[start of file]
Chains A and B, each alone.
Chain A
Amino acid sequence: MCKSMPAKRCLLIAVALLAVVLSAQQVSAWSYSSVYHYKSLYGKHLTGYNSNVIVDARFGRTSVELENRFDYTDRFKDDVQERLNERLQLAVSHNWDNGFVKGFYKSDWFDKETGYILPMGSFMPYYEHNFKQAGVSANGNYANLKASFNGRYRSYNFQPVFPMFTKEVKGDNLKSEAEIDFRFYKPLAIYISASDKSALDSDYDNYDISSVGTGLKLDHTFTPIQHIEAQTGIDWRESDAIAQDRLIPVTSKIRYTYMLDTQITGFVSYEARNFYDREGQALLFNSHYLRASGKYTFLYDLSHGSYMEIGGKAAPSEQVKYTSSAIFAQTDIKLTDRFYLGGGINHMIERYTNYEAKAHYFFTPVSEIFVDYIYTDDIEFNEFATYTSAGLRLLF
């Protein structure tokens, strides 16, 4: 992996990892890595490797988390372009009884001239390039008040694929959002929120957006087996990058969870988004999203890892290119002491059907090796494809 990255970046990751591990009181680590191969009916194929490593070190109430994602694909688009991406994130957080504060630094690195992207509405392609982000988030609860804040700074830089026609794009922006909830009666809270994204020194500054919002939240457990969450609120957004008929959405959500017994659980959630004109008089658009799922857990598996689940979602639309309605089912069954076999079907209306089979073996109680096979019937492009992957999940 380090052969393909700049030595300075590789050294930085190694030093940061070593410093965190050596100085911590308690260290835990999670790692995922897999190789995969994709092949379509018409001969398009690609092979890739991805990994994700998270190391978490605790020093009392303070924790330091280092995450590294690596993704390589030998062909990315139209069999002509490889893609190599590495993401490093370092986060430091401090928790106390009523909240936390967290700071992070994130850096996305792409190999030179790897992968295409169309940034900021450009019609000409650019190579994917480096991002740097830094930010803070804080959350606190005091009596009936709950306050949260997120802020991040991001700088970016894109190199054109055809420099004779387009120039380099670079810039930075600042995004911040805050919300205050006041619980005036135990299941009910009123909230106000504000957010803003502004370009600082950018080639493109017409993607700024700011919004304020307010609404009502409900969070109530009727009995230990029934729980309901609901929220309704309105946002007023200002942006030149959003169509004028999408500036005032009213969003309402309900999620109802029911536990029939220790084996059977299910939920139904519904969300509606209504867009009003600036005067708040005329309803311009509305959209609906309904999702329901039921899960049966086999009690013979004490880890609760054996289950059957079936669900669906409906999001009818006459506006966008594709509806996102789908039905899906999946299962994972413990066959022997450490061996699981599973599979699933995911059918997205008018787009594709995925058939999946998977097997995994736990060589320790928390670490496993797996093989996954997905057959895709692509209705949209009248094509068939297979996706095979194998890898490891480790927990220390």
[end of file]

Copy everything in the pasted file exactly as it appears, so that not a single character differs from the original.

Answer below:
Chains A and B, each alone.
Chain A
Amino acid sequence: MCKSMPAKRCLLIAVALLAVVLSAQQVSAWSYSSVYHYKSLYGKHLTGYNSNVIVDARFGRTSVELENRFDYTDRFKDDVQERLNERLQLAVSHNWDNGFVKGFYKSDWFDKETGYILPMGSFMPYYEHNFKQAGVSANGNYANLKASFNGRYRSYNFQPVFPMFTKEVKGDNLKSEAEIDFRFYKPLAIYISASDKSALDSDYDNYDISSVGTGLKLDHTFTPIQHIEAQTGIDWRESDAIAQDRLIPVTSKIRYTYMLDTQITGFVSYEARNFYDREGQALLFNSHYLRASGKYTFLYDLSHGSYMEIGGKAAPSEQVKYTSSAIFAQTDIKLTDRFYLGGGINHMIERYTNYEAKAHYFFTPVSEIFVDYIYTDDIEFNEFATYTSAGLRLLF
């Protein structure tokens, strides 16, 4: 992996990892890595490797988390372009009884001239390039008040694929959002929120957006087996990058969870988004999203890892290119002491059907090796494809 990255970046990751591990009181680590191969009916194929490593070190109430994602694909688009991406994130957080504060630094690195992207509405392609982000988030609860804040700074830089026609794009922006909830009666809270994204020194500054919002939240457990969450609120957004008929959405959500017994659980959630004109008089658009799922857990598996689940979602639309309605089912069954076999079907209306089979073996109680096979019937492009992957999940 380090052969393909700049030595300075590789050294930085190694030093940061070593410093965190050596100085911590308690260290835990999670790692995922897999190789995969994709092949379509018409001969398009690609092979890739991805990994994700998270190391978490605790020093009392303070924790330091280092995450590294690596993704390589030998062909990315139209069999002509490889893609190599590495993401490093370092986060430091401090928790106390009523909240936390967290700071992070994130850096996305792409190999030179790897992968295409169309940034900021450009019609000409650019190579994917480096991002740097830094930010803070804080959350606190005091009596009936709950306050949260997120802020991040991001700088970016894109190199054109055809420099004779387009120039380099670079810039930075600042995004911040805050919300205050006041619980005036135990299941009910009123909230106000504000957010803003502004370009600082950018080639493109017409993607700024700011919004304020307010609404009502409900969070109530009727009995230990029934729980309901609901929220309704309105946002007023200002942006030149959003169509004028999408500036005032009213969003309402309900999620109802029911536990029939220790084996059977299910939920139904519904969300509606209504867009009003600036005067708040005329309803311009509305959209609906309904999702329901039921899960049966086999009690013979004490880890609760054996289950059957079936669900669906409906999001009818006459506006966008594709509806996102789908039905899906999946299962994972413990066959022997450490061996699981599973599979699933995911059918997205008018787009594709995925058939999946998977097997995994736990060589320790928390670490496993797996093989996954997905057959895709692509209705949209009248094509068939297979996706095979194998890898490891480790927990220390």